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Right, I have been thinking.  How realistic is it for a game to ask the player to lay zones according to wealth?  Don't market forces usually decide the wealth level of the businesses or the households living in an area?  If a real life mayor tried to zone a low wealth area near a load of wonderful amenities and great schools, wouldn't the wealthy soon offer more money to buy the homes than the poorer people could and turn it into a wealthy area???  That would leave the area you designated as the wealthy area empty and house prices would plummet, turning it into a poor zone.

 

So is there a point in thinking outside the normal zoning bands and looking for something more organic?  I mean, just zone industrial/commercial/residential etc and maybe density - which are all things a mayor can regulate, but leave wealth levels out of the options for zoning?

Compdude787 and heat33330 like this

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Right, I have been thinking.  How realistic is it for a game to ask the player to lay zones according to wealth?  Don't market forces usually decide the wealth level of the businesses or the households living in an area?  If a real life mayor tried to zone a low wealth area near a load of wonderful amenities and great schools, wouldn't the wealthy soon offer more money to buy the homes than the poorer people could and turn it into a wealthy area???  That would leave the area you designated as the wealthy area empty and house prices would plummet, turning it into a poor zone.

 

So is there a point in thinking outside the normal zoning bands and looking for something more organic?  I mean, just zone industrial/commercial/residential etc and maybe density - which are all things a mayor can regulate, but leave wealth levels out of the options for zoning?

Motion Seconded.

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^ I'd vote for that.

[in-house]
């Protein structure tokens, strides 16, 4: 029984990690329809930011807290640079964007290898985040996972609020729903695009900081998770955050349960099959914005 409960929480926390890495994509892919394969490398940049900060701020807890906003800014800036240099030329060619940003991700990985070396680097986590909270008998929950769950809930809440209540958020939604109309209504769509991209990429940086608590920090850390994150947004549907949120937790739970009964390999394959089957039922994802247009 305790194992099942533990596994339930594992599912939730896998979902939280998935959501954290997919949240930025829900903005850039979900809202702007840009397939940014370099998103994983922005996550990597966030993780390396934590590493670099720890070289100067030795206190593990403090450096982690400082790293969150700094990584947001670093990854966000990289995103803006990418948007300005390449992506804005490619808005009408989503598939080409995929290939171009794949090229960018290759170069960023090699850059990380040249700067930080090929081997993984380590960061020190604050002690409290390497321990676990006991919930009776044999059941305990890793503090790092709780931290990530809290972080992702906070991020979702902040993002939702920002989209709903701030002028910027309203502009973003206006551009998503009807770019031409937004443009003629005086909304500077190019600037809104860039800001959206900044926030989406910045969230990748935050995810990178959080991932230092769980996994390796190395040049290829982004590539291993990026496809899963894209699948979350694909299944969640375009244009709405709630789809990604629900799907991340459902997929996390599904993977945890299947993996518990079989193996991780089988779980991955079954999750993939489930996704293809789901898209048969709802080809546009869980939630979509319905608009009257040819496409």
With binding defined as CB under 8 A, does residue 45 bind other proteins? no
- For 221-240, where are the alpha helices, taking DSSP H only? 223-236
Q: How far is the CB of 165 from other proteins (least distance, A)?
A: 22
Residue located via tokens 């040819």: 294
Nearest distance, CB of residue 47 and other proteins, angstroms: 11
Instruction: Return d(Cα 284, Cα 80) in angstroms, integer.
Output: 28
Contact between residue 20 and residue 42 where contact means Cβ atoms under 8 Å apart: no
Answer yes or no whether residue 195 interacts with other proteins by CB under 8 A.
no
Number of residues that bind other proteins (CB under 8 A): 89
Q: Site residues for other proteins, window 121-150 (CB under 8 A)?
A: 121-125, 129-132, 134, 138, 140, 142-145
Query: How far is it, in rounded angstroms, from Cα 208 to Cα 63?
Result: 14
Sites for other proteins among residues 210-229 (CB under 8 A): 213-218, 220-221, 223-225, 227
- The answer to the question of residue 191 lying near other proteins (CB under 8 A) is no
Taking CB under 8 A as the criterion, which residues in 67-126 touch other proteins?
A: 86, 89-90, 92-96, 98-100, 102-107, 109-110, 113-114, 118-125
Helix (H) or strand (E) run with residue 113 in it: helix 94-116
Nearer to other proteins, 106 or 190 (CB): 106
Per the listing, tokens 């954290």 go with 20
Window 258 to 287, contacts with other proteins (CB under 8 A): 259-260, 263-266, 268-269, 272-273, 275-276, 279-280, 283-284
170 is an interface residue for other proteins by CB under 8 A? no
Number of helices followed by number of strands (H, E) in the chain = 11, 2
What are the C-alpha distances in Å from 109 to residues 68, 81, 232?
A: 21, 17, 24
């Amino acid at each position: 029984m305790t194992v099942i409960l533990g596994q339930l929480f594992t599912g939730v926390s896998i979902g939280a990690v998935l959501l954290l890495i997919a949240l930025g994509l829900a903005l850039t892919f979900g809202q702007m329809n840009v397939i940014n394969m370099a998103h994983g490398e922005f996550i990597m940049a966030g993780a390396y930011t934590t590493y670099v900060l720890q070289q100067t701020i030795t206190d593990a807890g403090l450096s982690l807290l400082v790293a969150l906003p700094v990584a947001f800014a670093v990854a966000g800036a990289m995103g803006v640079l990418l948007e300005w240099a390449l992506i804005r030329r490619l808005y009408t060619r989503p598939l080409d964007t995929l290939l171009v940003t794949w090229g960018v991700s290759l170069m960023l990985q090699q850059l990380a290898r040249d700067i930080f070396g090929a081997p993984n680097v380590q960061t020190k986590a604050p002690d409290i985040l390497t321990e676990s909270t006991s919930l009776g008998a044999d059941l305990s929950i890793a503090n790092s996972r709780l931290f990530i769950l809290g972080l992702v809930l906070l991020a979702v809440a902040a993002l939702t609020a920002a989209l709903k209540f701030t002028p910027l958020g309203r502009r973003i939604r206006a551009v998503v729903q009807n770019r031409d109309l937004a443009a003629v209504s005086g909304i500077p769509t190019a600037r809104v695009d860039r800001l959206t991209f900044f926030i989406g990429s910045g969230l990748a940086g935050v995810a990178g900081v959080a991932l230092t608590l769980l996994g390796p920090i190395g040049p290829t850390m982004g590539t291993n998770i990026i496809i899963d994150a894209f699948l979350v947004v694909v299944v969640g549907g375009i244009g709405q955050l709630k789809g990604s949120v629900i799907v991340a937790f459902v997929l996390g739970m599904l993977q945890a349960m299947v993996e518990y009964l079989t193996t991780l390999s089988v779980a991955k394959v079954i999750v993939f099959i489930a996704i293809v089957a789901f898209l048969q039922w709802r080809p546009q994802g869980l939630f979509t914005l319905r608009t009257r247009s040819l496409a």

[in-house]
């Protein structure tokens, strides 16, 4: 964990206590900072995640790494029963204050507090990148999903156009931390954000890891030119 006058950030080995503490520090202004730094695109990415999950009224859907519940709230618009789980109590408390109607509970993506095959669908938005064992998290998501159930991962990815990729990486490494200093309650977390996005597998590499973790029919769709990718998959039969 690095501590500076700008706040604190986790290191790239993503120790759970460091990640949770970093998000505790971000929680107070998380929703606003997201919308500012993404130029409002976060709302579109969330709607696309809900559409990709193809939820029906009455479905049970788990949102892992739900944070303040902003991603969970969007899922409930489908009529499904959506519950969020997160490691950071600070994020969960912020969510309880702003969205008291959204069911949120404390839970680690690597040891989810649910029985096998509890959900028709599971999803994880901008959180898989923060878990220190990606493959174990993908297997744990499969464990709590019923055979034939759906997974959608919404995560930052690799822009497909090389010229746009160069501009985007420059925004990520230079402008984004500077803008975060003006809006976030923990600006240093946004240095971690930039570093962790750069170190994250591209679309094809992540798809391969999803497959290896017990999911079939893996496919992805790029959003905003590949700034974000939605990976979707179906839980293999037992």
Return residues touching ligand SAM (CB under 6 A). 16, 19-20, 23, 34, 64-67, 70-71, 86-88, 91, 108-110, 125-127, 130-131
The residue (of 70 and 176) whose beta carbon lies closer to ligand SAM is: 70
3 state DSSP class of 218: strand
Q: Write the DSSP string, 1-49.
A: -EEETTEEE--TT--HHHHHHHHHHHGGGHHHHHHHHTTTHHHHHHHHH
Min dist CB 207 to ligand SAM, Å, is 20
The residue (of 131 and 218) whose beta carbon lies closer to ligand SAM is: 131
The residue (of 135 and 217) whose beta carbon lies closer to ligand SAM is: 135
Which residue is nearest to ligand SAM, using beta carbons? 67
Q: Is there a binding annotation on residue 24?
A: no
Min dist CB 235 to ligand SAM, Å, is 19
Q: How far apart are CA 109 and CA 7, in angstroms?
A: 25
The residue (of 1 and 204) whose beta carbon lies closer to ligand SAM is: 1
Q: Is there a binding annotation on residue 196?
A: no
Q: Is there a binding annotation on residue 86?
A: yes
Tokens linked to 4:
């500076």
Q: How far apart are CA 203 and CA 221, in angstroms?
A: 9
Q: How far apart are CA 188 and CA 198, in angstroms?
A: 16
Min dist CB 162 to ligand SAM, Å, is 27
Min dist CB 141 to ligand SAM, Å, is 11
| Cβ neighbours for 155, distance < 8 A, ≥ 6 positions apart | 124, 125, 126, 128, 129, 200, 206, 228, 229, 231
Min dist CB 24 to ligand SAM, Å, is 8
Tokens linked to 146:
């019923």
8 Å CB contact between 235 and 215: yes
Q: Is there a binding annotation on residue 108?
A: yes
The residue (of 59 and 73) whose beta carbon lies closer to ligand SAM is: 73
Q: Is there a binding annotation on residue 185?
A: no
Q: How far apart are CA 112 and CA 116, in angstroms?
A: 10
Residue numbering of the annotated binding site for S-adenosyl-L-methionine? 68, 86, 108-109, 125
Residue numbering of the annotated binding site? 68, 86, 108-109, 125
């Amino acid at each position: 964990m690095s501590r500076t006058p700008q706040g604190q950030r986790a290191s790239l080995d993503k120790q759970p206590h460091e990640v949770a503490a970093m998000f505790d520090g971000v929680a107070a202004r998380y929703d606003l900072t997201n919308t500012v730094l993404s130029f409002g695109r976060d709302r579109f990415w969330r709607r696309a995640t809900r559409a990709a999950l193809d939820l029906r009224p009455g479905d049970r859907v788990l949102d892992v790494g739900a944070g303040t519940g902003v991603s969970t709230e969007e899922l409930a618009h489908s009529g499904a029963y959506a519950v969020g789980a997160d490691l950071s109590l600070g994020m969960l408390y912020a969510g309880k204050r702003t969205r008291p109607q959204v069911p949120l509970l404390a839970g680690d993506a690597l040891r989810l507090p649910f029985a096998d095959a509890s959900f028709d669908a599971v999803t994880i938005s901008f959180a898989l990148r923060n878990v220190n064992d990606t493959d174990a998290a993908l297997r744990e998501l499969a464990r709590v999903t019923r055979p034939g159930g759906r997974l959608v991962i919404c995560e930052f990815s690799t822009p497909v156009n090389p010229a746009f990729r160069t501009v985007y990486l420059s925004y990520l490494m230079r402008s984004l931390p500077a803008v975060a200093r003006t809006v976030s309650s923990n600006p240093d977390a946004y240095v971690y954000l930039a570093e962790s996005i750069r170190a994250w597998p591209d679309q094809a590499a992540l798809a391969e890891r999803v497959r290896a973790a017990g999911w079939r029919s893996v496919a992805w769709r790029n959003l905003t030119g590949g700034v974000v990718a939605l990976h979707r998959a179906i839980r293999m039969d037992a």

Only density might matter.  Perhaps as an add-on later there can be zoning variances to permit things like mixed use and basement apartments.

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Right, I have been thinking.  How realistic is it for a game to ask the player to lay zones according to wealth?  Don't market forces usually decide the wealth level of the businesses or the households living in an area?  If a real life mayor tried to zone a low wealth area near a load of wonderful amenities and great schools, wouldn't the wealthy soon offer more money to buy the homes than the poorer people could and turn it into a wealthy area???  That would leave the area you designated as the wealthy area empty and house prices would plummet, turning it into a poor zone.

 

So is there a point in thinking outside the normal zoning bands and looking for something more organic?  I mean, just zone industrial/commercial/residential etc and maybe density - which are all things a mayor can regulate, but leave wealth levels out of the options for zoning?

 

Zoning density, even in a more precise way than in SC4, as I suggested in the thread I started, is surely necessary, unless one is happy to see a constant chaos of different volumes, or an equally constant trend towards high-rise buildings. Not zoning wealth may work well, as long as the game keeps it realistic and doesn't allow a whole large map to turn high-wealth in time, as SC4 does.

Compdude787 likes this

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SC4 is driven to a certain extent by the YUPPY  madness of the late 1990s in Silicon Valley.  The lot sizes are rather ridiculous.

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I'd have thought having a bit of polluting industry in your city would keep the wealthy out of at least those areas :)

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I don't think I suggested zoning for wealth level, only letting there be more variance in the wealth level of those that move in. I agree with Inge, I don't want to try to zone for wealth level. The wealth of those that move in should be decided by the desirability of the zone (and access to the appropriate services). However, I would like to have a Keystone Elite R$$$$$ top 1%, multi-billionaire mansion plot being the only plopped residential but it is special.

--Ocram

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Due to the fact its a game, first homeless doesn't count, that just means you don't have a proper home that is in some kind of built structure, you could be a janitor and still be homeless because you can't afford rent (bad example). For me it would be: Poverty | Lower Class | Middle Class | Upper Middle Class | Upper Class